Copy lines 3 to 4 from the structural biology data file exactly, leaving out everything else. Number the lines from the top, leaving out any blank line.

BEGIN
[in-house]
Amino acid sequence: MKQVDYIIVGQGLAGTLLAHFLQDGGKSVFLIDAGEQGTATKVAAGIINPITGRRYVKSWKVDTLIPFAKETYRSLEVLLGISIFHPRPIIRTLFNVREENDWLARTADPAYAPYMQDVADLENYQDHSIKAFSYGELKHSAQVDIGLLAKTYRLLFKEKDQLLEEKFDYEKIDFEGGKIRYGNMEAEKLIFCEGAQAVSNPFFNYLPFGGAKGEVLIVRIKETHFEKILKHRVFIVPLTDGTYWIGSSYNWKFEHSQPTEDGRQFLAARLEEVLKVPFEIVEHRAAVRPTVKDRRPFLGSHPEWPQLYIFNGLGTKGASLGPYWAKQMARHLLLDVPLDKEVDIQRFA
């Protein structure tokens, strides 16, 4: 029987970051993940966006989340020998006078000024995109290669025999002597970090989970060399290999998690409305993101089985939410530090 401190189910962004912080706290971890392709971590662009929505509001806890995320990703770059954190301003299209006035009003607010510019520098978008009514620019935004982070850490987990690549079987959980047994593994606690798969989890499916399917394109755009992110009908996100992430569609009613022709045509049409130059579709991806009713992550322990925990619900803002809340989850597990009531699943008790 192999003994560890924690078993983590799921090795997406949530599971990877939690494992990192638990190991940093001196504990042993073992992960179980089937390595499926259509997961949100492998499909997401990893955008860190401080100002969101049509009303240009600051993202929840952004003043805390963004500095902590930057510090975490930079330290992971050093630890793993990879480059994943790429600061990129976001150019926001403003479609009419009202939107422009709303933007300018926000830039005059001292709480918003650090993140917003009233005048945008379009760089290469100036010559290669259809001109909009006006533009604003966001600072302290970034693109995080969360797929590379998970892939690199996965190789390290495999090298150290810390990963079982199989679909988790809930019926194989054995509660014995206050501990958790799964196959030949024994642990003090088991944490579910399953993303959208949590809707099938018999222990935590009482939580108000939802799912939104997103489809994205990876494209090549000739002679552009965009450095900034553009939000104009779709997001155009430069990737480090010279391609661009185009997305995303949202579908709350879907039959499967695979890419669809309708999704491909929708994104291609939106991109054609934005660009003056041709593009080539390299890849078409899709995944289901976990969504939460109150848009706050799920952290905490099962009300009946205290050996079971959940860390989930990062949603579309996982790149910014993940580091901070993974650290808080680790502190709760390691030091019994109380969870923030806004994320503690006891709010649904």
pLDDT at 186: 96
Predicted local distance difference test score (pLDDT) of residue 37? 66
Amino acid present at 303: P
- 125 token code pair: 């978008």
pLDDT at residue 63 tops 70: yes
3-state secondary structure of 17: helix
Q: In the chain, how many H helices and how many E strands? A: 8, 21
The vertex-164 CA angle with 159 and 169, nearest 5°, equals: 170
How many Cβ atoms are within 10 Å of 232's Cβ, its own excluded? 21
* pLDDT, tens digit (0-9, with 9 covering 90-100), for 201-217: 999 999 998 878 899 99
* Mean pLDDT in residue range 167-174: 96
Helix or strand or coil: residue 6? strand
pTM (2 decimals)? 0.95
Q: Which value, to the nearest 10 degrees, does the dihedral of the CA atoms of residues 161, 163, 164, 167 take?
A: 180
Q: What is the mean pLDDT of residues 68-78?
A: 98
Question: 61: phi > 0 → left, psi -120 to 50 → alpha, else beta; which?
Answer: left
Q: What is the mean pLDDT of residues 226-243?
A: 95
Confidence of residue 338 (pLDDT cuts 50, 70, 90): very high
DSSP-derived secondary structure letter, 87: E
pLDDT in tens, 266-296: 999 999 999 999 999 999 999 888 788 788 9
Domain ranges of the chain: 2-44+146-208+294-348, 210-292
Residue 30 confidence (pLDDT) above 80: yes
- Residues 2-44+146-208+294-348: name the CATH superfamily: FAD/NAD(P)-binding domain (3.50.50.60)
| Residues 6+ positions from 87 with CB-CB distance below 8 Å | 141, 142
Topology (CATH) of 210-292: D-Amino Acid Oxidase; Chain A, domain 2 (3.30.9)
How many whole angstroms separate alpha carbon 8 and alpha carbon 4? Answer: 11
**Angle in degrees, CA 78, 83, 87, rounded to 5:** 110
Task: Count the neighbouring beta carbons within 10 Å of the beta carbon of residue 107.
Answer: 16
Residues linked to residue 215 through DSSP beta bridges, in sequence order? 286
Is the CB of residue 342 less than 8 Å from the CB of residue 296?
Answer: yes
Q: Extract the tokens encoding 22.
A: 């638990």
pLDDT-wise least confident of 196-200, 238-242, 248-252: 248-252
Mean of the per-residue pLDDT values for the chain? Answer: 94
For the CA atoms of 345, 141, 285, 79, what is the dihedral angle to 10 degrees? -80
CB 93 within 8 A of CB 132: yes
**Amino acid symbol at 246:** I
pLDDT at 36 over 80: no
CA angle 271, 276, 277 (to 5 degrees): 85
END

């Protein structure tokens, strides 16, 4: 029987970051993940966006989340020998006078000024995109290669025999002597970090989970060399290999998690409305993101089985939410530090 401190189910962004912080706290971890392709971590662009929505509001806890995320990703770059954190301003299209006035009003607010510019520098978008009514620019935004982070850490987990690549079987959980047994593994606690798969989890499916399917394109755009992110009908996100992430569609009613022709045509049409130059579709991806009713992550322990925990619900803002809340989850597990009531699943008790 192999003994560890924690078993983590799921090795997406949530599971990877939690494992990192638990190991940093001196504990042993073992992960179980089937390595499926259509997961949100492998499909997401990893955008860190401080100002969101049509009303240009600051993202929840952004003043805390963004500095902590930057510090975490930079330290992971050093630890793993990879480059994943790429600061990129976001150019926001403003479609009419009202939107422009709303933007300018926000830039005059001292709480918003650090993140917003009233005048945008379009760089290469100036010559290669259809001109909009006006533009604003966001600072302290970034693109995080969360797929590379998970892939690199996965190789390290495999090298150290810390990963079982199989679909988790809930019926194989054995509660014995206050501990958790799964196959030949024994642990003090088991944490579910399953993303959208949590809707099938018999222990935590009482939580108000939802799912939104997103489809994205990876494209090549000739002679552009965009450095900034553009939000104009779709997001155009430069990737480090010279391609661009185009997305995303949202579908709350879907039959499967695979890419669809309708999704491909929708994104291609939106991109054609934005660009003056041709593009080539390299890849078409899709995944289901976990969504939460109150848009706050799920952290905490099962009300009946205290050996079971959940860390989930990062949603579309996982790149910014993940580091901070993974650290808080680790502190709760390691030091019994109380969870923030806004994320503690006891709010649904």
pLDDT at 186: 96